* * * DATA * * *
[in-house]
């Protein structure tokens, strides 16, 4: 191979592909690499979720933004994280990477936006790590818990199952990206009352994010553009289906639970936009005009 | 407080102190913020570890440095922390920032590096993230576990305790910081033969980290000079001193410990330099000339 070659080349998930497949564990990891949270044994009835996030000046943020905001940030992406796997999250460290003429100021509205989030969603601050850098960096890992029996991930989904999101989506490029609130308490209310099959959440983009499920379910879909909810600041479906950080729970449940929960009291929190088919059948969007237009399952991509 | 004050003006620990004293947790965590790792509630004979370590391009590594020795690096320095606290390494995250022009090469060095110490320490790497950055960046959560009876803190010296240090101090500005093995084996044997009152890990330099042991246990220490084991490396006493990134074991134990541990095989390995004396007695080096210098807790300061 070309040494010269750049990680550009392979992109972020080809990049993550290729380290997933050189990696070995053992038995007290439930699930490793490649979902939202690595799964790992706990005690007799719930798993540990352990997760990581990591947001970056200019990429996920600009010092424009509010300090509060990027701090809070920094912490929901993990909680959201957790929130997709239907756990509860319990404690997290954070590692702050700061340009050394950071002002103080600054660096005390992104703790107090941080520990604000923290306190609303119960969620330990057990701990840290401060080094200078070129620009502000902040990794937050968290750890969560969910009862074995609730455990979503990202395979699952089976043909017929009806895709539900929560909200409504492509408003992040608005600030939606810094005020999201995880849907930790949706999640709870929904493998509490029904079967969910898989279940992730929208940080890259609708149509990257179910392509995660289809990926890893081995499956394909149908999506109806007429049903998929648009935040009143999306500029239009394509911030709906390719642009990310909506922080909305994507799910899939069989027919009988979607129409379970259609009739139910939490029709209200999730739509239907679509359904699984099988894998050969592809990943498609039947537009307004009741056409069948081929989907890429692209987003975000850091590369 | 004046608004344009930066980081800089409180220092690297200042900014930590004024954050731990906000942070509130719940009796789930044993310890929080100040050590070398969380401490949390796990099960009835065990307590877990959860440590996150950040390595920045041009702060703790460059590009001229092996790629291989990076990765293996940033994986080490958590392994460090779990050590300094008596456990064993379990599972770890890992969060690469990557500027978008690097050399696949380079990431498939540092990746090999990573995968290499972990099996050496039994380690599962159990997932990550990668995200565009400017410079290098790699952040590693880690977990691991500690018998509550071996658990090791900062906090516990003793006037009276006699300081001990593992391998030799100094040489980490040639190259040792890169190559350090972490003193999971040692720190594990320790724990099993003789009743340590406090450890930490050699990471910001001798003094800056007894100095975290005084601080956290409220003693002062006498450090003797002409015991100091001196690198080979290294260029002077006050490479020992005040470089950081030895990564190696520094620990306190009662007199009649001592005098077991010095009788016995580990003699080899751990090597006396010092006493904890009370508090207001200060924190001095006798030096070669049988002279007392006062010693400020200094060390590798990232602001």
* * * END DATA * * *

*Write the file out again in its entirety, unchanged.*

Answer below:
[in-house]
């Protein structure tokens, strides 16, 4: 191979592909690499979720933004994280990477936006790590818990199952990206009352994010553009289906639970936009005009 | 407080102190913020570890440095922390920032590096993230576990305790910081033969980290000079001193410990330099000339 070659080349998930497949564990990891949270044994009835996030000046943020905001940030992406796997999250460290003429100021509205989030969603601050850098960096890992029996991930989904999101989506490029609130308490209310099959959440983009499920379910879909909810600041479906950080729970449940929960009291929190088919059948969007237009399952991509 | 004050003006620990004293947790965590790792509630004979370590391009590594020795690096320095606290390494995250022009090469060095110490320490790497950055960046959560009876803190010296240090101090500005093995084996044997009152890990330099042991246990220490084991490396006493990134074991134990541990095989390995004396007695080096210098807790300061 070309040494010269750049990680550009392979992109972020080809990049993550290729380290997933050189990696070995053992038995007290439930699930490793490649979902939202690595799964790992706990005690007799719930798993540990352990997760990581990591947001970056200019990429996920600009010092424009509010300090509060990027701090809070920094912490929901993990909680959201957790929130997709239907756990509860319990404690997290954070590692702050700061340009050394950071002002103080600054660096005390992104703790107090941080520990604000923290306190609303119960969620330990057990701990840290401060080094200078070129620009502000902040990794937050968290750890969560969910009862074995609730455990979503990202395979699952089976043909017929009806895709539900929560909200409504492509408003992040608005600030939606810094005020999201995880849907930790949706999640709870929904493998509490029904079967969910898989279940992730929208940080890259609708149509990257179910392509995660289809990926890893081995499956394909149908999506109806007429049903998929648009935040009143999306500029239009394509911030709906390719642009990310909506922080909305994507799910899939069989027919009988979607129409379970259609009739139910939490029709209200999730739509239907679509359904699984099988894998050969592809990943498609039947537009307004009741056409069948081929989907890429692209987003975000850091590369 | 004046608004344009930066980081800089409180220092690297200042900014930590004024954050731990906000942070509130719940009796789930044993310890929080100040050590070398969380401490949390796990099960009835065990307590877990959860440590996150950040390595920045041009702060703790460059590009001229092996790629291989990076990765293996940033994986080490958590392994460090779990050590300094008596456990064993379990599972770890890992969060690469990557500027978008690097050399696949380079990431498939540092990746090999990573995968290499972990099996050496039994380690599962159990997932990550990668995200565009400017410079290098790699952040590693880690977990691991500690018998509550071996658990090791900062906090516990003793006037009276006699300081001990593992391998030799100094040489980490040639190259040792890169190559350090972490003193999971040692720190594990320790724990099993003789009743340590406090450890930490050699990471910001001798003094800056007894100095975290005084601080956290409220003693002062006498450090003797002409015991100091001196690198080979290294260029002077006050490479020992005040470089950081030895990564190696520094620990306190009662007199009649001592005098077991010095009788016995580990003699080899751990090597006396010092006493904890009370508090207001200060924190001095006798030096070669049988002279007392006062010693400020200094060390590798990232602001």